And things are even more explicitly valedictory in the wrap-up to “The Justice Society of America” two-parter, in which our heroes – Hawkman, Doctor Fate, the original Green Lantern, and the original Flash – use a one-time-only spell to recapture their lost youth and powers so they can defeat a killer robot attacking the city. The issue – written by Dan Abnett, drawn wonderfully by Tom Derenick, and actually called “One Last Time” – largely consists of that battle, during which our heroes realize that doing this, using their powers to champion the cause of right, has been the joy of their lives:
I share my friends’ frank appraisal. They speak of the wonder of being super-men. The sheer, glorious, thank-god-I’m-alive, this-never-gets-old, unbelievable, astonishing sensation of being members of the Justice Society. It kept ups going through the toughest moments. The compensation of feeling blessed. We thanked fate and fortune and the stars every day that we were getting to do the things we were doing. We were lucky we ever got to do them at all. Just once would have been an utter privilege. We were damn lucky we got to spend our whole lives doing them. Now we’re getting to be those people again, one last time. And we’re going to savor every second of it.
But when the fight is over, they revert to old men again and shuffle off to get some coffee. And reading that scene, it really dawned on me: DC is saying one last good-bye to these characters before shifting their main focus back to the militarized, joyless main line they created a few years ago. Here’s hoping some of the sunlight and optimism of the concepts they’re shutting down this month leaks into that main line, even if these great old characters don’t.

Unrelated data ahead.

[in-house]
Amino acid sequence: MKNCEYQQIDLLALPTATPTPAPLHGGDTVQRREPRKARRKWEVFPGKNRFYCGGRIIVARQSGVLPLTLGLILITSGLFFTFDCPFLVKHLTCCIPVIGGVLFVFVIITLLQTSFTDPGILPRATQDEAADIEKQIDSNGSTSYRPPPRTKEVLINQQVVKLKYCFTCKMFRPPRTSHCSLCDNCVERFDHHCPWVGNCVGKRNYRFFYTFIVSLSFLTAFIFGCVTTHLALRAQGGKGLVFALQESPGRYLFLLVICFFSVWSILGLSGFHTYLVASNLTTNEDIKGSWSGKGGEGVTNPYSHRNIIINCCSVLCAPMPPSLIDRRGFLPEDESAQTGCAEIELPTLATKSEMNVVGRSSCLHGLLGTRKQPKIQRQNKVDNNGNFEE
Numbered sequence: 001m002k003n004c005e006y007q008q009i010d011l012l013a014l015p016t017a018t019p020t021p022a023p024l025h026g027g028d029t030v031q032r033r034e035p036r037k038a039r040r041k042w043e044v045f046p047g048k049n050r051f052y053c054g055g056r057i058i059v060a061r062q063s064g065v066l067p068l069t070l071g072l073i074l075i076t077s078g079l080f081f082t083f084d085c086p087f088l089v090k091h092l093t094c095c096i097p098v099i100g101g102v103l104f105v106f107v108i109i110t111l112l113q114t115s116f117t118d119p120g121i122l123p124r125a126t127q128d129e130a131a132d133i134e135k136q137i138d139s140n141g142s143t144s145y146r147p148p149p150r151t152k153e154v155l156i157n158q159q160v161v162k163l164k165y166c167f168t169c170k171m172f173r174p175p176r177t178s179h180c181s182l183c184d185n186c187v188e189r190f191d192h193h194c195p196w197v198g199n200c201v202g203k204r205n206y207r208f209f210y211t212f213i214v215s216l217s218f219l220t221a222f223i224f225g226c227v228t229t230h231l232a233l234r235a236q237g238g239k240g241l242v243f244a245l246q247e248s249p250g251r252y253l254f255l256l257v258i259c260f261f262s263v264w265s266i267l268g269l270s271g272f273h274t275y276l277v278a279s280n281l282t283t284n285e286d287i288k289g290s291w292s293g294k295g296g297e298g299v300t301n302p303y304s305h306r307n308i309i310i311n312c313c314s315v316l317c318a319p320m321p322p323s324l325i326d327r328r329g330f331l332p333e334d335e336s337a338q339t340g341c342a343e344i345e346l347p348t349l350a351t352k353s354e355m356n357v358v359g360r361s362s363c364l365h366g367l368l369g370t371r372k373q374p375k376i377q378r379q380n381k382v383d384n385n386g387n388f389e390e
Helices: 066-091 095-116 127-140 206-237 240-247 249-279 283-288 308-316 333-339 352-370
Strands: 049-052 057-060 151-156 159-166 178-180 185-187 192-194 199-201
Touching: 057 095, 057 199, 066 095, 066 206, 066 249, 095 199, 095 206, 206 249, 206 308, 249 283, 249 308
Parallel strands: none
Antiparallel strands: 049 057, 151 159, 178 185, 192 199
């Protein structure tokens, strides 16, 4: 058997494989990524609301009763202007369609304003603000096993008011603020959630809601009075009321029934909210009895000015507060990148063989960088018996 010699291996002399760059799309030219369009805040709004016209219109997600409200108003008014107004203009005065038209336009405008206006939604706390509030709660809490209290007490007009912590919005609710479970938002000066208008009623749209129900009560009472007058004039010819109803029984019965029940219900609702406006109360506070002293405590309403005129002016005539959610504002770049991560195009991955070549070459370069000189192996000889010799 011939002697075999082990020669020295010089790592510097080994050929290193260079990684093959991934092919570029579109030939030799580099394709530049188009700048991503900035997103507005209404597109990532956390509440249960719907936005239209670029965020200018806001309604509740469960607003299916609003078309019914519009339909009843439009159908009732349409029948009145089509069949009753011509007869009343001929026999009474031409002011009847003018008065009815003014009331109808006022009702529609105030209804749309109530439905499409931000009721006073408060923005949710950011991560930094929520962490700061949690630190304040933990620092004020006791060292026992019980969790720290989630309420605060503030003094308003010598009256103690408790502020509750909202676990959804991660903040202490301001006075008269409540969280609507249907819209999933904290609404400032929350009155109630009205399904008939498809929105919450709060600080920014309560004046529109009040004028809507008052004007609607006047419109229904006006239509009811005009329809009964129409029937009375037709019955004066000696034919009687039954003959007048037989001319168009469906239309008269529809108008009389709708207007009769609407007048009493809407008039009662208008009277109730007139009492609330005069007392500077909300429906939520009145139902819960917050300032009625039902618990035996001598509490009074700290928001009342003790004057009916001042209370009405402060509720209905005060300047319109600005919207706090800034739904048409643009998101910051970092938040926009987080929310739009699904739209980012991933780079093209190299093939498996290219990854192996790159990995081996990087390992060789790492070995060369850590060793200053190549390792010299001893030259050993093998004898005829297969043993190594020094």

June 4th, 2015
Our book today is The Other Nile, a slim, somewhat fey travelogue written in 1986 by Charlie Pye-Smith about his travels down the Nile through Egypt, the Sudan, and Ethiopia. The book is evocative as all travel-writing should be; the author is forever describing things that are being overtaken by other things – his book is full of little and big disappearances, including some brought about by nature:
There is nothing in the annals of European weather that quite prepares you for the khamasin (which means fifty, the number of days the storm is supposed to blow each spring). The sun appeared briefly at dawn – I was smoking a cigarette on our balcony at the Balmoral – but by eight o’clock it had been swallowed up by clouds of dust that rolled over Cairo from the deserts to the south. I ate breakfast and went to sit on the east bank of Zamalek, from where I watched the city on the other side of the river fade into the storm.
Pye-Smith has been writing about conservation issues as long as he’s been describing alien flora and fauna, and although The Other Nile is thickly populated with human characters from all levels of the societies he visits, in some of the most striking moments they’re reduced to incidental agents of contrast, and the natural world is front and center:
It was a lovely walk west from the palace towards Omdurman. Buzzards and kites flapped over the river and pied kingfishers dived from the hull of an upturned boat which rose like a hippo’s back from the murky water. In the trees beside the Grand Hotel ibis were copulating, and uniformed waiters were serving lemon juices to early-morning risers on the terrace.